We spend a lot of time stopping ourselves from doing things we believe are not good for us. We reign in our eating. We exercise early in the morning even though we would love to sleep in. We skip dessert. We stay late at work. We do these things because we want to have better future. Sometimes we must keep this perspective and know that even though these activities don’t make us ecstatic right now, in the long run we will be happy we didn’t eat an entire birthday cake.
However, what if I told you that treating yourself in a way that communicates love can be just as important or more important than staunch willpower?
Why do most of us want to be healthy in the first place?
I want to be healthy because I want to be able to play with my dog. I want to enjoy hiking up a mountain. To be perfectly honest, I want to be desirable to my husband. I want to live a long, active life where my biology and physiology allows my mental state to be one of joy and connectedness.
I don’t want to be healthy so I can always say no to cookies and treats. I want to able to be balanced enough to say yes to a cookie and a treat when it’s appropriate. I want to be able to indulge in a balanced and loving way. And when I go over board, which inevitably I will (thanksgiving anyone?), I want to have the experience to know that I’m worth getting right back up on that healthy bandwagon.
When we don’t get any treats, we feel depleted, resentful, and angry, and we feel justified in self-indulgence. We start to crave comfort — and grab that comfort wherever we can, even if it means breaking good habits. “I deserve this, I’ve earned this, I need this”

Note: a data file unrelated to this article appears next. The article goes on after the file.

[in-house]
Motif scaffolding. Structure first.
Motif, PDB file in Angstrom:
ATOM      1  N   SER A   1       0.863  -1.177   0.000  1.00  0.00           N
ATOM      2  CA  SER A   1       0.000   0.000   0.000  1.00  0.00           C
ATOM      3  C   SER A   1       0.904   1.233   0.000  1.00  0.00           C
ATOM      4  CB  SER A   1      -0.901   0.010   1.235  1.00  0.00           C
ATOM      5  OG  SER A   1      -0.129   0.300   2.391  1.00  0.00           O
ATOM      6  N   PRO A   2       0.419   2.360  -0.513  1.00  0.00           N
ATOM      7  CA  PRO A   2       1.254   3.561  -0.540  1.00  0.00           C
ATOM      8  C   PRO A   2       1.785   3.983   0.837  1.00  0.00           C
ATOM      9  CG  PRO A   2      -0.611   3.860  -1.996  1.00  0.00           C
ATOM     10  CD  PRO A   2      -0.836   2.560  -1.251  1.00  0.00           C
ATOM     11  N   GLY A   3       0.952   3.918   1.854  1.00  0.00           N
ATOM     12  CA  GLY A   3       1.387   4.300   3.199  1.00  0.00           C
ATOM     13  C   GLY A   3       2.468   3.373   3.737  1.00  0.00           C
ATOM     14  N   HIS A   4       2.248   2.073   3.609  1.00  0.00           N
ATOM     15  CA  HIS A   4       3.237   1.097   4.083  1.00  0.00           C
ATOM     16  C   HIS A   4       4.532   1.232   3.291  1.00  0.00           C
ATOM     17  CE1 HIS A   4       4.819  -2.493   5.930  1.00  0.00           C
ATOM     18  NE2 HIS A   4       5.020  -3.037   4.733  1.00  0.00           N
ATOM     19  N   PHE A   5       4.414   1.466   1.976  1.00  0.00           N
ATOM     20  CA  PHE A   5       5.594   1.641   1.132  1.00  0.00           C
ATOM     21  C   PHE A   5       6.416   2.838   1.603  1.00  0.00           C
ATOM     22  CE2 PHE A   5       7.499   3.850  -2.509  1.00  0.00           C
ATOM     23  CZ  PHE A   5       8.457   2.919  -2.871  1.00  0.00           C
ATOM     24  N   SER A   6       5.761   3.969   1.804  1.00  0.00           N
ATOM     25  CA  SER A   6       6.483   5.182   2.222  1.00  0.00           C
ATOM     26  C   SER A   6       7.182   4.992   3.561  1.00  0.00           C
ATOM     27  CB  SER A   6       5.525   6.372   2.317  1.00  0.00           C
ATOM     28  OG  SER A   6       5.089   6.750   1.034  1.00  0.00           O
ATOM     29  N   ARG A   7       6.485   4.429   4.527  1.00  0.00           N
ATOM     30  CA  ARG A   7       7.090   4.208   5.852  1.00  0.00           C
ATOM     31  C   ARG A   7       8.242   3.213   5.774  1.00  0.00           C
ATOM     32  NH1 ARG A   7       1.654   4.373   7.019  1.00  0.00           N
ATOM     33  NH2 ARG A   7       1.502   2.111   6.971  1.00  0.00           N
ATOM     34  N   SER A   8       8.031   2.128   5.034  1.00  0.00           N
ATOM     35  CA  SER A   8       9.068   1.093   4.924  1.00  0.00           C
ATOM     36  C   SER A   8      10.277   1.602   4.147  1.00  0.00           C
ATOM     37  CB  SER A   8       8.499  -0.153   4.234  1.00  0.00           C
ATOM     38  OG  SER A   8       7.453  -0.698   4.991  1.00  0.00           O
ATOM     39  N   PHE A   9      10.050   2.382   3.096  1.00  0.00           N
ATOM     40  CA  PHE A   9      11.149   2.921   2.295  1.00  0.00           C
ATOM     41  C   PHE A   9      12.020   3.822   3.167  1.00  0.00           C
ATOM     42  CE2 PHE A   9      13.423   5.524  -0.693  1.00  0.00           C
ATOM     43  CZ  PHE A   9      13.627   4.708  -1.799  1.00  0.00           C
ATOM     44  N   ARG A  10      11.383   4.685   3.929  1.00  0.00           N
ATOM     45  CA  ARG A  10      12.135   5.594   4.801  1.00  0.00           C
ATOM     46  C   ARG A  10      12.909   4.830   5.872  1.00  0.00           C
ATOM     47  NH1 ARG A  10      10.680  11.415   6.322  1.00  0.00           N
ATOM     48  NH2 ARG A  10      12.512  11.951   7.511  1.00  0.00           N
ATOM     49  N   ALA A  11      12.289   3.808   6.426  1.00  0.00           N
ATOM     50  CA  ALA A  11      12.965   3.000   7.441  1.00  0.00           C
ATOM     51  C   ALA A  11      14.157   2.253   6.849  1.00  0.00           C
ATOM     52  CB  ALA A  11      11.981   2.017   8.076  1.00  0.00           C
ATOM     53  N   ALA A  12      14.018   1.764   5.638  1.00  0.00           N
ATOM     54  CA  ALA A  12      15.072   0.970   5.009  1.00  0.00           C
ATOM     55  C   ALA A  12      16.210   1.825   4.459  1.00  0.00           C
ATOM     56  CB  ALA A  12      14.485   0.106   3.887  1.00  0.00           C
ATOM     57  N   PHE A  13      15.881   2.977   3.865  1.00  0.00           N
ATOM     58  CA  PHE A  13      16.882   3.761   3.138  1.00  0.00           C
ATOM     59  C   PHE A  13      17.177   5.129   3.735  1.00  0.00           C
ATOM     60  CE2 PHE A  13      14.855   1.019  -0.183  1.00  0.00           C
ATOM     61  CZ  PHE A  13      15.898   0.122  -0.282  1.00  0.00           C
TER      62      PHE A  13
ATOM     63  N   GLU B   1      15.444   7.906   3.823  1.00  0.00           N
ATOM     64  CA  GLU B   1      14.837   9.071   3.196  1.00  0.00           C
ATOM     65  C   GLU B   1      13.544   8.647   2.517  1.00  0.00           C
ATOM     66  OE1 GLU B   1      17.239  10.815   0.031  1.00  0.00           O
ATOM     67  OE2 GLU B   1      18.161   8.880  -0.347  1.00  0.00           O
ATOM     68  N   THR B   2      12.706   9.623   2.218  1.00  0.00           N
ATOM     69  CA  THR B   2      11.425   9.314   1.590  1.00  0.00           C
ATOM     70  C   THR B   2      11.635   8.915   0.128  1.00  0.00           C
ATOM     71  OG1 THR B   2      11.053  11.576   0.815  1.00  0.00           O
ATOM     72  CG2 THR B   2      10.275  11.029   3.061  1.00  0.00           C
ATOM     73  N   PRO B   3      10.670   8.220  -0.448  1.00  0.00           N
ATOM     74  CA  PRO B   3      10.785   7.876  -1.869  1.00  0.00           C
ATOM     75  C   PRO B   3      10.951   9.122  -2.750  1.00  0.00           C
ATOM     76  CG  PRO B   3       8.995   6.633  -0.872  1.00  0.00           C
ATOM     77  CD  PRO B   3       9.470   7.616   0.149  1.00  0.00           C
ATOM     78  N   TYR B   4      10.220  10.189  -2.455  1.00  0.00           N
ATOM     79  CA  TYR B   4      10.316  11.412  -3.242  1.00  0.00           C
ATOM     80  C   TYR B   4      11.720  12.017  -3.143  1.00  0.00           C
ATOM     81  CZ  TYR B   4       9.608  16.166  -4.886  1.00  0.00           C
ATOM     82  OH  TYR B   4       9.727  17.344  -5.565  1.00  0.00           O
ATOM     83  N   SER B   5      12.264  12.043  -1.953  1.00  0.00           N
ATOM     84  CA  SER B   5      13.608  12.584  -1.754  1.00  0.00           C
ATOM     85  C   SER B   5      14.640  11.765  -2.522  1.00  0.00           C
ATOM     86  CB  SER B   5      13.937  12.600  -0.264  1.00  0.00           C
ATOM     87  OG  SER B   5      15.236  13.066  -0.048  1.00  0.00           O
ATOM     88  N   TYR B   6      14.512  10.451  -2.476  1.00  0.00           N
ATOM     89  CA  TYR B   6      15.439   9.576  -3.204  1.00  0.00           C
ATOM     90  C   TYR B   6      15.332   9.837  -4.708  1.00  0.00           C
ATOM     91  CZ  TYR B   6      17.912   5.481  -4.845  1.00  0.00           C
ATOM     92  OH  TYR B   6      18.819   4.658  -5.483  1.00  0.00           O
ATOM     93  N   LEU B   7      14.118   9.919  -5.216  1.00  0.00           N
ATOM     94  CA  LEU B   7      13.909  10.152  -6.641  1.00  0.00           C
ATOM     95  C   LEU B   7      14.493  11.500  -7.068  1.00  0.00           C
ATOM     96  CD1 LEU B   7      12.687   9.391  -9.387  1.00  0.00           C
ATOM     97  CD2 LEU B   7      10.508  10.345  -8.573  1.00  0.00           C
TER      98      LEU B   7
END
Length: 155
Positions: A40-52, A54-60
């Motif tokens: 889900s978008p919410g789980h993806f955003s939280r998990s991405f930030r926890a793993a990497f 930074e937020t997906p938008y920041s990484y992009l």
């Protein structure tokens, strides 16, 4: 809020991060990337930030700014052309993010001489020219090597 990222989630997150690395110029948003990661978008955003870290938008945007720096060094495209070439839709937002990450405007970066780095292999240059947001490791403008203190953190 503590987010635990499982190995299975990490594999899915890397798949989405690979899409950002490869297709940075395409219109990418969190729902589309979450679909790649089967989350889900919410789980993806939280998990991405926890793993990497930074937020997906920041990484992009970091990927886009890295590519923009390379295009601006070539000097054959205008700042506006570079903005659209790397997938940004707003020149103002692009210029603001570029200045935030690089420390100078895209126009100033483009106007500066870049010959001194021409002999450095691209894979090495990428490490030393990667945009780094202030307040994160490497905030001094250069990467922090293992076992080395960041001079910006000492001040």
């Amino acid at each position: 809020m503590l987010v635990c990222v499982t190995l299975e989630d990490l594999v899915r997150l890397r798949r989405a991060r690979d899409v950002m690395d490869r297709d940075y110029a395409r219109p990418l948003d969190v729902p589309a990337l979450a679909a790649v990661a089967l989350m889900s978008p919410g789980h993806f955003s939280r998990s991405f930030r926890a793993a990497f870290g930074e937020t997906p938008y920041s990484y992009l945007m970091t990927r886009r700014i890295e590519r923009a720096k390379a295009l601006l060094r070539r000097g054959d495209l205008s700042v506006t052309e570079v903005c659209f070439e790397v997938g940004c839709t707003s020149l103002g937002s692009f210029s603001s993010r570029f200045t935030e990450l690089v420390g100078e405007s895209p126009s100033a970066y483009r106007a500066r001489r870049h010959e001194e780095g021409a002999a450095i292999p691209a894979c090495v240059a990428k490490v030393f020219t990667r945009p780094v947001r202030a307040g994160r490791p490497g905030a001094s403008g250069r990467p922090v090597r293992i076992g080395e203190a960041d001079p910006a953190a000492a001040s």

I embrace treats but I’m also very wary of treats. Treats help us feel energized, appreciated, and enthusiastic–but very often, the things we choose as “treats” aren’t good for us. The pleasure lasts a minute, but then feelings of guilt, loss of control, and other negative consequences just deepen the lousiness of the day. An extra glass of wine, an extra brownie, an impulse purchase…
So how do we treat ourselves in a way that “communicates love”?
To me this means seeking out the highest quality ingredients in food-related treats. Choose paleo treats made free of gluten, grains, and refined sugar, as these ingredients cause inflammation in the body. We want to indulge in treats that nourish our bodies, but still satisfy our need for something decadent and emotionally fulfilling.
This could also mean treating yourself to day of actively doing nothing, getting a massage, or doing a stay-at-home yoga retreat. Ultimately, communicating love through treats comes from a mindset of doing something for yourself because you love yourself, and doing it consciously and making an agreement with yourself not be feel guilty afterwards.
Real loving treats are things that contribute to your life force. They are things that make you feel cared for and loved. Just make sure that you are always giving your body the best, especially when you are treating it.
Answer these questions:
• How can you treat yourself in a way that contributes to your life force?
• What are the treats you normally reach for? Why do you pick those treats?
• When you reach for a treat or treat yourself what kind of feeling are you actually reaching for?
• How can you commit to treating yourself next week? Be specific. What day? What time? Where? What will you do? Who will be with you, if anyone?